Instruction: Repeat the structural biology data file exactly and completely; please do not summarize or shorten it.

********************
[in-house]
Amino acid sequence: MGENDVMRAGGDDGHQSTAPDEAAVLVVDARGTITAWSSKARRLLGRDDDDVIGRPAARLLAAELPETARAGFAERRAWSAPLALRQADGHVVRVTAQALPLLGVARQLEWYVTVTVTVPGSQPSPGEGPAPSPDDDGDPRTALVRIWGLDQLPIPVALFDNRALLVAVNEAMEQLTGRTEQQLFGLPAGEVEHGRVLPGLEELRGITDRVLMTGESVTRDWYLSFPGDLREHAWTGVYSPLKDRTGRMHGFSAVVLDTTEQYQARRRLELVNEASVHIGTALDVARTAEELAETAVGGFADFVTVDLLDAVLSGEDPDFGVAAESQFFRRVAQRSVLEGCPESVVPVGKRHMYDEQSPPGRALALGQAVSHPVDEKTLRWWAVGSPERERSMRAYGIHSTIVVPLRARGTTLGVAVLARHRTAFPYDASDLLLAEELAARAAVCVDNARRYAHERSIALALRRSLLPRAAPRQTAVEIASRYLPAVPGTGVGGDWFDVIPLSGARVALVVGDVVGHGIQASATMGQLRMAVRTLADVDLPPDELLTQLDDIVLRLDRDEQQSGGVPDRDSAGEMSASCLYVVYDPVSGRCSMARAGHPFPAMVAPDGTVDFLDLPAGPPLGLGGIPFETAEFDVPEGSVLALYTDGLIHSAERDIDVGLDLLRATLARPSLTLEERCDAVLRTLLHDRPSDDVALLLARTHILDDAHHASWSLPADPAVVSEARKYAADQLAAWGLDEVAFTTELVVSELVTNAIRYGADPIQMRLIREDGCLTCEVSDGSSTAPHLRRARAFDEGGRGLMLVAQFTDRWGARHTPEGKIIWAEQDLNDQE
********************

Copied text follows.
[in-house]
Amino acid sequence: MGENDVMRAGGDDGHQSTAPDEAAVLVVDARGTITAWSSKARRLLGRDDDDVIGRPAARLLAAELPETARAGFAERRAWSAPLALRQADGHVVRVTAQALPLLGVARQLEWYVTVTVTVPGSQPSPGEGPAPSPDDDGDPRTALVRIWGLDQLPIPVALFDNRALLVAVNEAMEQLTGRTEQQLFGLPAGEVEHGRVLPGLEELRGITDRVLMTGESVTRDWYLSFPGDLREHAWTGVYSPLKDRTGRMHGFSAVVLDTTEQYQARRRLELVNEASVHIGTALDVARTAEELAETAVGGFADFVTVDLLDAVLSGEDPDFGVAAESQFFRRVAQRSVLEGCPESVVPVGKRHMYDEQSPPGRALALGQAVSHPVDEKTLRWWAVGSPERERSMRAYGIHSTIVVPLRARGTTLGVAVLARHRTAFPYDASDLLLAEELAARAAVCVDNARRYAHERSIALALRRSLLPRAAPRQTAVEIASRYLPAVPGTGVGGDWFDVIPLSGARVALVVGDVVGHGIQASATMGQLRMAVRTLADVDLPPDELLTQLDDIVLRLDRDEQQSGGVPDRDSAGEMSASCLYVVYDPVSGRCSMARAGHPFPAMVAPDGTVDFLDLPAGPPLGLGGIPFETAEFDVPEGSVLALYTDGLIHSAERDIDVGLDLLRATLARPSLTLEERCDAVLRTLLHDRPSDDVALLLARTHILDDAHHASWSLPADPAVVSEARKYAADQLAAWGLDEVAFTTELVVSELVTNAIRYGADPIQMRLIREDGCLTCEVSDGSSTAPHLRRARAFDEGGRGLMLVAQFTDRWGARHTPEGKIIWAEQDLNDQE